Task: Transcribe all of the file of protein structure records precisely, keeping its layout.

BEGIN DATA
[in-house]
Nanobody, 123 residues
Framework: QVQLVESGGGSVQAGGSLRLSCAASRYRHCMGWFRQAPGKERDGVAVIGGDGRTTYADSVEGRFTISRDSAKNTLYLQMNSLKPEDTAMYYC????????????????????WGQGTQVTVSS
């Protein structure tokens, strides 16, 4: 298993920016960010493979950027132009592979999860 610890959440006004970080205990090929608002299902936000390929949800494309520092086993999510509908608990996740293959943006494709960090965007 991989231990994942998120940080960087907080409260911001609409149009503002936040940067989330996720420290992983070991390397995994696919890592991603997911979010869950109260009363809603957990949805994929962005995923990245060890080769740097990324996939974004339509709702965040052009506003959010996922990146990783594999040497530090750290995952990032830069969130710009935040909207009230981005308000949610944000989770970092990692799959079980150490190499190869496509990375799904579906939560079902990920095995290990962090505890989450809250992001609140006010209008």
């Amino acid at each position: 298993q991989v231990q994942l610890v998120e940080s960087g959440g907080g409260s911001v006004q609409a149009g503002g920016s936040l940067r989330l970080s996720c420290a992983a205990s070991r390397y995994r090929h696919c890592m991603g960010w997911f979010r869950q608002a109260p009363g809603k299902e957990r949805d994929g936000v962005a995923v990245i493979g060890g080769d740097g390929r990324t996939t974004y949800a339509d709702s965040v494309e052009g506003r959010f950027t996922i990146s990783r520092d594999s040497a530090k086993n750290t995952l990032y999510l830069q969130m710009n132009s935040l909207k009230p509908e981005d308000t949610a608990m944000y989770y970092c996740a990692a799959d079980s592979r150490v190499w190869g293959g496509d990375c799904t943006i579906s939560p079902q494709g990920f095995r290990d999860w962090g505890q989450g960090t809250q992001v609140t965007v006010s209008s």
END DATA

[in-house]
Nanobody, 123 residues
Framework: QVQLVESGGGSVQAGGSLRLSCAASRYRHCMGWFRQAPGKERDGVAVIGGDGRTTYADSVEGRFTISRDSAKNTLYLQMNSLKPEDTAMYYC????????????????????WGQGTQVTVSS
């Protein structure tokens, strides 16, 4: 298993920016960010493979950027132009592979999860 610890959440006004970080205990090929608002299902936000390929949800494309520092086993999510509908608990996740293959943006494709960090965007 991989231990994942998120940080960087907080409260911001609409149009503002936040940067989330996720420290992983070991390397995994696919890592991603997911979010869950109260009363809603957990949805994929962005995923990245060890080769740097990324996939974004339509709702965040052009506003959010996922990146990783594999040497530090750290995952990032830069969130710009935040909207009230981005308000949610944000989770970092990692799959079980150490190499190869496509990375799904579906939560079902990920095995290990962090505890989450809250992001609140006010209008």
């Amino acid at each position: 298993q991989v231990q994942l610890v998120e940080s960087g959440g907080g409260s911001v006004q609409a149009g503002g920016s936040l940067r989330l970080s996720c420290a992983a205990s070991r390397y995994r090929h696919c890592m991603g960010w997911f979010r869950q608002a109260p009363g809603k299902e957990r949805d994929g936000v962005a995923v990245i493979g060890g080769d740097g390929r990324t996939t974004y949800a339509d709702s965040v494309e052009g506003r959010f950027t996922i990146s990783r520092d594999s040497a530090k086993n750290t995952l990032y999510l830069q969130m710009n132009s935040l909207k009230p509908e981005d308000t949610a608990m944000y989770y970092c996740a990692a799959d079980s592979r150490v190499w190869g293959g496509d990375c799904t943006i579906s939560p079902q494709g990920f095995r290990d999860w962090g505890q989450g960090t809250q992001v609140t965007v006010s209008s």